Lentil Soup

We took this lentil soup from ALTON BROWN and Orlando put his spin on it. He’s actually tried several different variations, but each time he tries to pile on more greens!! This is his latest and in my opinion, most delicious, twist.
*Every item marked is an Orlando addition or substitution.


  • 2 tablespoons olive oil
  • 1 cup finely chopped onion
  • I finely chopped leek*
  • 1/2 cup finely chopped carrot
  • 1/2 cup finely chopped celery
  • 2 teaspoons kosher salt
  • 1 pound lentils, picked and rinsed
  • 1 cup peeled and chopped tomatoes
  • 2 quarts vegetable broth
  • 1 tbsp freshly ground coriander
  • 1 tbsp teaspoon freshly ground toasted cumin
  • 1 tbsp teaspoon freshly ground Turmeric*
  • 1 cup of mushrooms*
  • 2 handfuls of spinach*
  • Chicken andouille sausage*


Place the olive oil into a large 6-quart Dutch oven and set over medium heat. Once hot, add the onion, carrot, celery, leek and salt and sweat until the onions are translucent, approximately 6 to 7 minutes.  Add the lentils, tomatoes,mushrooms, broth, coriander, cumin and turmeric and stir to combine. Increase the heat to high and bring just to a boil. Reduce the heat to low, cover and cook at a low simmer until the lentils are tender, approximately 50 to 55 minutes. 3 minutes before the timer ends, throw in the Spinach. It will wilt in 3 minutes so you really want to avoid putting it in until the end.  Using a stick blender, puree to your preferred consistency. Serve immediately. Add cooked chicken andouille slices to the served plate.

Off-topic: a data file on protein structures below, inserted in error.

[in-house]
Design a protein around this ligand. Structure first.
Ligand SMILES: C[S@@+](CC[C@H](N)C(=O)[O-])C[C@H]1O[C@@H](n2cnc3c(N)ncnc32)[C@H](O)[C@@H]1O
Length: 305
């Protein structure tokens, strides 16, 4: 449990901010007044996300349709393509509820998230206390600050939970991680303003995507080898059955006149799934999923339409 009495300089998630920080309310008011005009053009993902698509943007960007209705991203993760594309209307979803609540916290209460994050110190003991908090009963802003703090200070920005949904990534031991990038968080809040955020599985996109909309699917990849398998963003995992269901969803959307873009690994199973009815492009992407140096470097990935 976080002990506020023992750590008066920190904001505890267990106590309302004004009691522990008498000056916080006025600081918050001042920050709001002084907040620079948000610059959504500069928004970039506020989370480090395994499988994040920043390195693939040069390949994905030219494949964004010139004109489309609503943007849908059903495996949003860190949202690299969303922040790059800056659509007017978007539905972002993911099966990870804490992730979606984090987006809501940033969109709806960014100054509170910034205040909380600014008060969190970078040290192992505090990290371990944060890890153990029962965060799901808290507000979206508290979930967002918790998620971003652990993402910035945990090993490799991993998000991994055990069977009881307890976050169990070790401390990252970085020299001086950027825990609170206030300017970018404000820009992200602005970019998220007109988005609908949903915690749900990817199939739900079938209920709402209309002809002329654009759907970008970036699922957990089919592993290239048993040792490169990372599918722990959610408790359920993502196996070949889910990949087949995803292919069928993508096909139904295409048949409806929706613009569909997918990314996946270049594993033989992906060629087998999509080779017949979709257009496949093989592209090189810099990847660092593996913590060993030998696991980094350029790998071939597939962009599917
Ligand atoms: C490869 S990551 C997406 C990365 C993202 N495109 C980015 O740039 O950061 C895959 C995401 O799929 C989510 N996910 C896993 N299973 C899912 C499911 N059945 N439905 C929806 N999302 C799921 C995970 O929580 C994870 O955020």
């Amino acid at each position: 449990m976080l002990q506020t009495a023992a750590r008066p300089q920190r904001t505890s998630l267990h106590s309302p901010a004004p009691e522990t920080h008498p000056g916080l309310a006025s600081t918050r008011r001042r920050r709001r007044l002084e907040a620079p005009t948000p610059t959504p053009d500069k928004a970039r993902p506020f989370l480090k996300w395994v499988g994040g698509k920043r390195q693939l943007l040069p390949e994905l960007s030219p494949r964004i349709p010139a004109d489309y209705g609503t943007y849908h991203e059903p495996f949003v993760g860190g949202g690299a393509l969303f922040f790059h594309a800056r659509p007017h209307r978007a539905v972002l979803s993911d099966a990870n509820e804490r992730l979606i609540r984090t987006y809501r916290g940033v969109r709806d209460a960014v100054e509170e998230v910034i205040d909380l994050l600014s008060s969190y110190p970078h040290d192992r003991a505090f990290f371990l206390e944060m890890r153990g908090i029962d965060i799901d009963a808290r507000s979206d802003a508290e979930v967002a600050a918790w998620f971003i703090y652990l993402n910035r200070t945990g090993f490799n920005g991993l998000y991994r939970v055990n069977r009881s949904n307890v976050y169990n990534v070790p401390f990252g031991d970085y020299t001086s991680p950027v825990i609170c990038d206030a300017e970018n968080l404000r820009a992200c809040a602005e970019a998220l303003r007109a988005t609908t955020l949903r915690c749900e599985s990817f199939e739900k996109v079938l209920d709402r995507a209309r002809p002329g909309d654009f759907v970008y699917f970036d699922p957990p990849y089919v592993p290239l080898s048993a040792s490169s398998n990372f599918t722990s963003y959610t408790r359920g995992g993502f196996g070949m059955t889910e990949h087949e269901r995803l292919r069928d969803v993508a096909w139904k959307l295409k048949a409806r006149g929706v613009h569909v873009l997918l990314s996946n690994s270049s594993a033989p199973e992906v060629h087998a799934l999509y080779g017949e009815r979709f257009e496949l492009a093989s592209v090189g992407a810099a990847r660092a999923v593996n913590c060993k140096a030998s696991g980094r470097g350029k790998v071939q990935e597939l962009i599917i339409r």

A NOTE ON BLENDING: Consistency is a personal choice. Some people like the texture of the lentils, others like it thicker like a puree. I like the lentils, orlando likes the puree…therefore, we compromise. He puts half of the soup in our blender, blends and pours back into the dutch oven. That gives a little bit of both textures and it is DELICIOUS! But this is all a matter of personal preference.

Chicken Andouille: We slice the sausage down the middle and grill on our griddle. Then we slice it into small pieces and add to the meal. The soup can be eaten sans the sausage. We like it because it adds a spiciness to the soup that we enjoy and makes the soup more fillings. This too is a matter of personal preference.

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